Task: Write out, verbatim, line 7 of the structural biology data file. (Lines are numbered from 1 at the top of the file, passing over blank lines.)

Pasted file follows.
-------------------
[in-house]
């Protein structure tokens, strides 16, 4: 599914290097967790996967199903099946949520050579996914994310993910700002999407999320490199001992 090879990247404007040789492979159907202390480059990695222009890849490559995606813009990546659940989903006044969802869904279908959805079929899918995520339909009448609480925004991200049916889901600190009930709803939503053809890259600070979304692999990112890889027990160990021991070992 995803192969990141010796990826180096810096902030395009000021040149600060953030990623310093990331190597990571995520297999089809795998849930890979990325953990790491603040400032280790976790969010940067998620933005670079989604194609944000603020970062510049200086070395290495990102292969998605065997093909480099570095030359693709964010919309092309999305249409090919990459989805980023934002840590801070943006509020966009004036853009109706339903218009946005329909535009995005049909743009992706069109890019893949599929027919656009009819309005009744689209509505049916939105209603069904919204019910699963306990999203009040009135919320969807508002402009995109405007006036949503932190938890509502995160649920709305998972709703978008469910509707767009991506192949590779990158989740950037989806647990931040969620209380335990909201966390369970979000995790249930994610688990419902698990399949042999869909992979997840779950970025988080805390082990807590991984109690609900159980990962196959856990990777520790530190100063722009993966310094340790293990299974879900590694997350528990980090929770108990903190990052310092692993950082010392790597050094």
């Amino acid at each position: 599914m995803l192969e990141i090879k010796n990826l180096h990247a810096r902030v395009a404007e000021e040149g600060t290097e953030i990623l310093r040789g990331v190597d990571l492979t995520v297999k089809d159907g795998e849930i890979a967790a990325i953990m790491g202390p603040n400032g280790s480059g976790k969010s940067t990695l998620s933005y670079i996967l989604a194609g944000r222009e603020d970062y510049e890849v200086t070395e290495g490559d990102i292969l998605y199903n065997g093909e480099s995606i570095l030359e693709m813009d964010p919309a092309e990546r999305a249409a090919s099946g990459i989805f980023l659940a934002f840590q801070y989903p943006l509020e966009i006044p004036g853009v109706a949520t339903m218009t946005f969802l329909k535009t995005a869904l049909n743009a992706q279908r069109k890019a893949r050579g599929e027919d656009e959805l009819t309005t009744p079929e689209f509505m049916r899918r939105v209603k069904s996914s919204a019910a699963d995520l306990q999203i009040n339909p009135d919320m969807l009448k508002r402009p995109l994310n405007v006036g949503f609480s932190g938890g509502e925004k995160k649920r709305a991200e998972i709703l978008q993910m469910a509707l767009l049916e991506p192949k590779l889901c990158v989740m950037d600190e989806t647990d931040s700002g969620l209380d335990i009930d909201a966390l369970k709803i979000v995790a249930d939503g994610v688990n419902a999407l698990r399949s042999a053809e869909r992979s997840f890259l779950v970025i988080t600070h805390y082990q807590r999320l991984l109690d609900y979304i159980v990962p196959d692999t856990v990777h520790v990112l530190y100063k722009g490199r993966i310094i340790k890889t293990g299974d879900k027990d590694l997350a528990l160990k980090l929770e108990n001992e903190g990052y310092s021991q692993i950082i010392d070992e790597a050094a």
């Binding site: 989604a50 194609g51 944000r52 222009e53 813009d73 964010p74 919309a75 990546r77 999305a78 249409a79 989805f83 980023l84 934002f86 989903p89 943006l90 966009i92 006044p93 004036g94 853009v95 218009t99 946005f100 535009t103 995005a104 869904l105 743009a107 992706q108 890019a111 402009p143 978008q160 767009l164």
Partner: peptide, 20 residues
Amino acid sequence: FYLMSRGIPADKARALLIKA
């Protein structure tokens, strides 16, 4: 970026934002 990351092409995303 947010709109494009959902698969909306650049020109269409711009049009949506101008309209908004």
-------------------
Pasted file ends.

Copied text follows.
């Protein structure tokens, strides 16, 4: 970026934002 990351092409995303 947010709109494009959902698969909306650049020109269409711009049009949506101008309209908004």